LaReeca Rucker has been a journalist for more than 20 years, and her work has appeared in newspapers across the nation. She spent a decade as a features writer and multimedia journalist with The Clarion-Ledger in Jackson, Mississippi, where she was also a USA TODAY contributor. She is a freelance journalist and support journalism instructor in the University of Mississippi's Meek School of Journalism and New Media in Oxford, Mississippi.

Motorcycle Ministries: Born (again) to be wild

LaReeca Rucker:
The Clarion-Ledger

Terry Woody Osborn spent many years as a church leader before drifting away. It took a motorcycle gang to bring him back.

The Clinton dentist said he rebuilt his relationship with God while constructing a custom-built bike dubbed "Armageddon."

Representing the dual nature of man - light and dark - the bike is covered with scripture and dark imagery.

For the past three years, Osborn has ridden his bike with Ridgeland's LifeBridge Church biker ministry, one of hundreds now in the U.S.

They're not exactly hell on wheels, but the members think rules are meant to be broken.

"LifeBridge was more about building relationships with people, not hitting them over the head with rules and regulations," Osborn said. "And I had come to a point, where I understood that a relationship with Christ was so much more than following rules.

"We don't clean up to come to God. You come to God, and he cleans you up. It's not holier than thou or a bash-you-in-the-face experience. It's simply loving people and meeting them where they are."

About 20 bikers generally ride with LifeBridge, participate in Bible study, socialize and raise money for charity. They are currently collecting funds to purchase Christmas presents for residents of Ridgeland's Sunnybrook Children's Home.

Common bond

Wayne Williams founded LifeBridge Riders.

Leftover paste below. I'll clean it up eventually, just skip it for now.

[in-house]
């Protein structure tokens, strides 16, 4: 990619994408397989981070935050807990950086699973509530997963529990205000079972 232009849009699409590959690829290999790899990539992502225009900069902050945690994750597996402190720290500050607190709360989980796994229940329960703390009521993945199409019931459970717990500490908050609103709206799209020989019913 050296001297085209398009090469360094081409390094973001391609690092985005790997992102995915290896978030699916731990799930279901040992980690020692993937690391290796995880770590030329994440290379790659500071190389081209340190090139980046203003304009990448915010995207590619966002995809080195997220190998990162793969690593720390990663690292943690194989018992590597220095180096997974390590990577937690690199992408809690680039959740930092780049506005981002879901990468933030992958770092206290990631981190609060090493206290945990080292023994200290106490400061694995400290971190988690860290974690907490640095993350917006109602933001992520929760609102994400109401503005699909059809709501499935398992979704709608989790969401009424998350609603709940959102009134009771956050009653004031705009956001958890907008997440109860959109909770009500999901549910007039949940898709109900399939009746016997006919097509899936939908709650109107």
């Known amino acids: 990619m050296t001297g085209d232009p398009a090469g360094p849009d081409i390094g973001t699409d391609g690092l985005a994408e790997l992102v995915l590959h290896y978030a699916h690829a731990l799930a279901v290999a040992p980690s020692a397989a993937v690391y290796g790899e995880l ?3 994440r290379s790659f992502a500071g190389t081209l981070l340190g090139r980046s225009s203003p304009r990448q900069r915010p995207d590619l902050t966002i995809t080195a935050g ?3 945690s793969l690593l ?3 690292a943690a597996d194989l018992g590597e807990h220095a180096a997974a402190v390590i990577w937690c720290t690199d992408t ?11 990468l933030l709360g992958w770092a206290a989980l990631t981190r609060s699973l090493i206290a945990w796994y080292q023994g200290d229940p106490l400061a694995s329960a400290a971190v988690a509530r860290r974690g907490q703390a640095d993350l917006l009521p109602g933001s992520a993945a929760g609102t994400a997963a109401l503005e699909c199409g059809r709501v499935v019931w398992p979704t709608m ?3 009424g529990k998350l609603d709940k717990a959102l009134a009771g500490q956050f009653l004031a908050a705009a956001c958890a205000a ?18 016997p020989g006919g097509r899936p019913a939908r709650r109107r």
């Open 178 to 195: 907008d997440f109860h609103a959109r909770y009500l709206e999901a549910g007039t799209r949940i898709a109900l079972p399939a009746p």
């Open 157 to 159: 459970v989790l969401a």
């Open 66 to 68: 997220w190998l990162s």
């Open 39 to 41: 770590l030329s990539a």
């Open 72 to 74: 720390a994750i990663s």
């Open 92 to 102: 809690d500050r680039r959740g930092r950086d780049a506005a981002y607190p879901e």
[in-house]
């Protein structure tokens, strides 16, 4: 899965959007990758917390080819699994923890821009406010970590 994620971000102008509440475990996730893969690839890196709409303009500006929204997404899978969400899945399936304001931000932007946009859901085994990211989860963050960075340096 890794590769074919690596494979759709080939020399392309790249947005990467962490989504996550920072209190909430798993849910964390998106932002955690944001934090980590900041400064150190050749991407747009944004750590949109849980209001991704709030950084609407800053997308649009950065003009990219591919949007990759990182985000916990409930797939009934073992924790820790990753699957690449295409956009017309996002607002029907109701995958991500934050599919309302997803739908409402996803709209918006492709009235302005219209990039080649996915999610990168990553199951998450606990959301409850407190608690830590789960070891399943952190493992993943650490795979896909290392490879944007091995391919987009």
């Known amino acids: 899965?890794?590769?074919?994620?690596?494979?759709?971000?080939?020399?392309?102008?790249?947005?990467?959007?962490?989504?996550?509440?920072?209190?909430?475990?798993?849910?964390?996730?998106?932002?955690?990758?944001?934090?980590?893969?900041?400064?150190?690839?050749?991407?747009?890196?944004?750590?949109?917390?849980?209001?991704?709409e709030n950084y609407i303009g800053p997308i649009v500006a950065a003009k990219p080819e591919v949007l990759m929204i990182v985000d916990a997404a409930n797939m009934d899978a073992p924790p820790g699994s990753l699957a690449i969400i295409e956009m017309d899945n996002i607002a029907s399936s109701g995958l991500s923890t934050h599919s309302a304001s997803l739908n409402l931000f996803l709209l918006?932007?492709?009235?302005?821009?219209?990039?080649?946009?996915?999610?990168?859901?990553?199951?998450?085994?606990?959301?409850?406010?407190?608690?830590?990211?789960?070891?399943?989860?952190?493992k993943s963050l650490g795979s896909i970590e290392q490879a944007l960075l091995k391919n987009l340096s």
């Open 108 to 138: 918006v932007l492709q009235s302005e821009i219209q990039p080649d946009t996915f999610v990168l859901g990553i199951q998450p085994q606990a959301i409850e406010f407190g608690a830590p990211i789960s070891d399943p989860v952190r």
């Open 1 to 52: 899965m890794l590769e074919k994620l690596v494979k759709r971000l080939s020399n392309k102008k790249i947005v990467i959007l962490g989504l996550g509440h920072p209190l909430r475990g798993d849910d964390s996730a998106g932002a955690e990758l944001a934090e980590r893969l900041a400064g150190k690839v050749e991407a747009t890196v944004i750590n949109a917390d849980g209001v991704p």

"People who weren't going to church are now riding with us," he said. "But it's not just about riding motorcycles. It's about growing in our spiritual walk. Motorcycles bring us together, and through time, Christ also becomes a common bond."

Dave Speir shares that philosophy as a pastor with The Biker Church of Mississippi.

"The founders (John and Jackie Taylor) weren't comfortable in a suit and tie preaching to people in a conventional setting," he said. "We both shared a vision with the Lord to reach the biker community."

Speir joined the Taylors in 2005, and now The Biker Church, a nondenominational Christian ministry, meets Sunday afternoons and Thursday evenings at the La Quinta Inn in Hattiesburg, and Tuesday nights in Saucier's Living Word Church auditorium. About 100 people generally attend in Hattiesburg and 60 in Saucier.

"I knew there were a lot of people out there who needed the Lord, and they would never come to a conventional church," Speir said. "The motorcycle just opens the door."

The Biker Church of Mississippi is the headquarters for The Biker Church National. Speir said affiliates have formed in D.C. and Michigan.

Billy Tisdale, president of the Meridian chapter of the Christian Motorcycle Association - Restoration Riders - became interested in biking after installing an electronic amplification system at a biker rally.

"I saw a guy with a patch on his back that had a Christian symbol," he said. "I started researching it and found that they go to rallies to try to reach bikers. I started a chapter in Meridian. We go to bars and rallies wherever they are."


Because of requests, Clinton's Episcopal Church of the Creator held its second biker Mass in September.

"We gathered outside in our front parking lot with bikes all in a row and celebrated a service of Holy Communion," said the Rev. Ann L. Whitaker, rector. "I blessed each bike and biker before we went on a 100-150 mile ride. I had never ridden before, so it was quite an adventure for me.

"We plan to make this an annual event. We hope that if people see that we are kindred spirits, they'll come and join us, and who knows where that might lead?"  


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